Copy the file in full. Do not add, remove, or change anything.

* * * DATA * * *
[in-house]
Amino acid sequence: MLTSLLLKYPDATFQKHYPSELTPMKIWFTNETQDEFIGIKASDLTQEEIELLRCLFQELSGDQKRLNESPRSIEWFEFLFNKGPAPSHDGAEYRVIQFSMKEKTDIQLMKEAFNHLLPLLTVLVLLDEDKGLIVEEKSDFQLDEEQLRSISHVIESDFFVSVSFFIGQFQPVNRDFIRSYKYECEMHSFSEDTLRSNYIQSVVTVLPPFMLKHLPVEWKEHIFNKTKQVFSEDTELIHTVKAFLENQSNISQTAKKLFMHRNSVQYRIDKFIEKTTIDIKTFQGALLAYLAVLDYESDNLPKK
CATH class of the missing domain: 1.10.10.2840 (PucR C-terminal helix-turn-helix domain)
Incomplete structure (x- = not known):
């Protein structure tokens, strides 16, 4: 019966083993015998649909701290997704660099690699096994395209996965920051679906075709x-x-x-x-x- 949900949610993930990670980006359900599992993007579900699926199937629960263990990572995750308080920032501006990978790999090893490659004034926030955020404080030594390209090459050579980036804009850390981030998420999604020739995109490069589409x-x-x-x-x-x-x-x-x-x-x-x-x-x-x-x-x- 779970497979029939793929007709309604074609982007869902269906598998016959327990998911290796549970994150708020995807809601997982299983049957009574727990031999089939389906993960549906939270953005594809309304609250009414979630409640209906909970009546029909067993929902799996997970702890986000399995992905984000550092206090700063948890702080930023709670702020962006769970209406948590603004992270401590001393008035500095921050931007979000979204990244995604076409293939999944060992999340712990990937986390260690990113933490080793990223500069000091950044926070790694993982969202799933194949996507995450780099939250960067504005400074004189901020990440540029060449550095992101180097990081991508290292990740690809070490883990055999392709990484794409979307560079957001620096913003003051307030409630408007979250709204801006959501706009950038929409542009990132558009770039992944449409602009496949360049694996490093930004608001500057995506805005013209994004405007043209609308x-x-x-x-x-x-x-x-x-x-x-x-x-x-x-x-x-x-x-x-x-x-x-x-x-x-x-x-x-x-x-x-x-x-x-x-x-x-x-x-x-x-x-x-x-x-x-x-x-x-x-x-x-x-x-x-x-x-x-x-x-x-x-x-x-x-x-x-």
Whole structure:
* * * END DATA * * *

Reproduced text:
[in-house]
Amino acid sequence: MLTSLLLKYPDATFQKHYPSELTPMKIWFTNETQDEFIGIKASDLTQEEIELLRCLFQELSGDQKRLNESPRSIEWFEFLFNKGPAPSHDGAEYRVIQFSMKEKTDIQLMKEAFNHLLPLLTVLVLLDEDKGLIVEEKSDFQLDEEQLRSISHVIESDFFVSVSFFIGQFQPVNRDFIRSYKYECEMHSFSEDTLRSNYIQSVVTVLPPFMLKHLPVEWKEHIFNKTKQVFSEDTELIHTVKAFLENQSNISQTAKKLFMHRNSVQYRIDKFIEKTTIDIKTFQGALLAYLAVLDYESDNLPKK
CATH class of the missing domain: 1.10.10.2840 (PucR C-terminal helix-turn-helix domain)
Incomplete structure (x- = not known):
């Protein structure tokens, strides 16, 4: 019966083993015998649909701290997704660099690699096994395209996965920051679906075709x-x-x-x-x- 949900949610993930990670980006359900599992993007579900699926199937629960263990990572995750308080920032501006990978790999090893490659004034926030955020404080030594390209090459050579980036804009850390981030998420999604020739995109490069589409x-x-x-x-x-x-x-x-x-x-x-x-x-x-x-x-x- 779970497979029939793929007709309604074609982007869902269906598998016959327990998911290796549970994150708020995807809601997982299983049957009574727990031999089939389906993960549906939270953005594809309304609250009414979630409640209906909970009546029909067993929902799996997970702890986000399995992905984000550092206090700063948890702080930023709670702020962006769970209406948590603004992270401590001393008035500095921050931007979000979204990244995604076409293939999944060992999340712990990937986390260690990113933490080793990223500069000091950044926070790694993982969202799933194949996507995450780099939250960067504005400074004189901020990440540029060449550095992101180097990081991508290292990740690809070490883990055999392709990484794409979307560079957001620096913003003051307030409630408007979250709204801006959501706009950038929409542009990132558009770039992944449409602009496949360049694996490093930004608001500057995506805005013209994004405007043209609308x-x-x-x-x-x-x-x-x-x-x-x-x-x-x-x-x-x-x-x-x-x-x-x-x-x-x-x-x-x-x-x-x-x-x-x-x-x-x-x-x-x-x-x-x-x-x-x-x-x-x-x-x-x-x-x-x-x-x-x-x-x-x-x-x-x-x-x-």
Whole structure: